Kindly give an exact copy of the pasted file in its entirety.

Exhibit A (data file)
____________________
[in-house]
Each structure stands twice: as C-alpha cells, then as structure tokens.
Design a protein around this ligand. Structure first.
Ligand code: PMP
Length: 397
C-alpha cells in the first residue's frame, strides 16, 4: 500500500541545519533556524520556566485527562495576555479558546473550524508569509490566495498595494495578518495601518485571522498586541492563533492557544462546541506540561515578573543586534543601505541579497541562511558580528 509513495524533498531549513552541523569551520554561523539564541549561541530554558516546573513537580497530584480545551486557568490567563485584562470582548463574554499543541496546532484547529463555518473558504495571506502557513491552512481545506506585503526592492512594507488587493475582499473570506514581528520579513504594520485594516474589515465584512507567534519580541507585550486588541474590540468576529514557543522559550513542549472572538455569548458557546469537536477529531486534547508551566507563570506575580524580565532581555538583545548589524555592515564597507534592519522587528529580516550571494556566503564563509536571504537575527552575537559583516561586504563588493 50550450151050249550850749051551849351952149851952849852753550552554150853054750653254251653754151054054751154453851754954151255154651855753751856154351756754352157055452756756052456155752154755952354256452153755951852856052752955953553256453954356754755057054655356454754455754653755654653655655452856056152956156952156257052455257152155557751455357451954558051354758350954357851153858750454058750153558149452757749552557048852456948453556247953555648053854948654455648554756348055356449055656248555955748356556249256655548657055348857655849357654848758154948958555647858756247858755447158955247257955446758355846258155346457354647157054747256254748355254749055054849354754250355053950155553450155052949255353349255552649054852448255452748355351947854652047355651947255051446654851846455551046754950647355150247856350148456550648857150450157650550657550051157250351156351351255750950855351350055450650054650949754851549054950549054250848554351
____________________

[in-house]
Each structure stands twice: as C-alpha cells, then as structure tokens.
Design a protein around this ligand. Structure first.
Ligand code: PMP
Length: 397
C-alpha cells in the first residue's frame, strides 16, 4: 500500500541545519533556524520556566485527562495576555479558546473550524508569509490566495498595494495578518495601518485571522498586541492563533492557544462546541506540561515578573543586534543601505541579497541562511558580528 509513495524533498531549513552541523569551520554561523539564541549561541530554558516546573513537580497530584480545551486557568490567563485584562470582548463574554499543541496546532484547529463555518473558504495571506502557513491552512481545506506585503526592492512594507488587493475582499473570506514581528520579513504594520485594516474589515465584512507567534519580541507585550486588541474590540468576529514557543522559550513542549472572538455569548458557546469537536477529531486534547508551566507563570506575580524580565532581555538583545548589524555592515564597507534592519522587528529580516550571494556566503564563509536571504537575527552575537559583516561586504563588493 50550450151050249550850749051551849351952149851952849852753550552554150853054750653254251653754151054054751154453851754954151255154651855753751856154351756754352157055452756756052456155752154755952354256452153755951852856052752955953553256453954356754755057054655356454754455754653755654653655655452856056152956156952156257052455257152155557751455357451954558051354758350954357851153858750454058750153558149452757749552557048852456948453556247953555648053854948654455648554756348055356449055656248555955748356556249256655548657055348857655849357654848758154948958555647858756247858755447158955247257955446758355846258155346457354647157054747256254748355254749055054849354754250355053950155553450155052949255353349255552649054852448255452748355351947854652047355651947255051446654851846455551046754950647355150247856350148456550648857150450157650550657550051157250351156351351255750950855351350055450650054650949754851549054950549054250848554351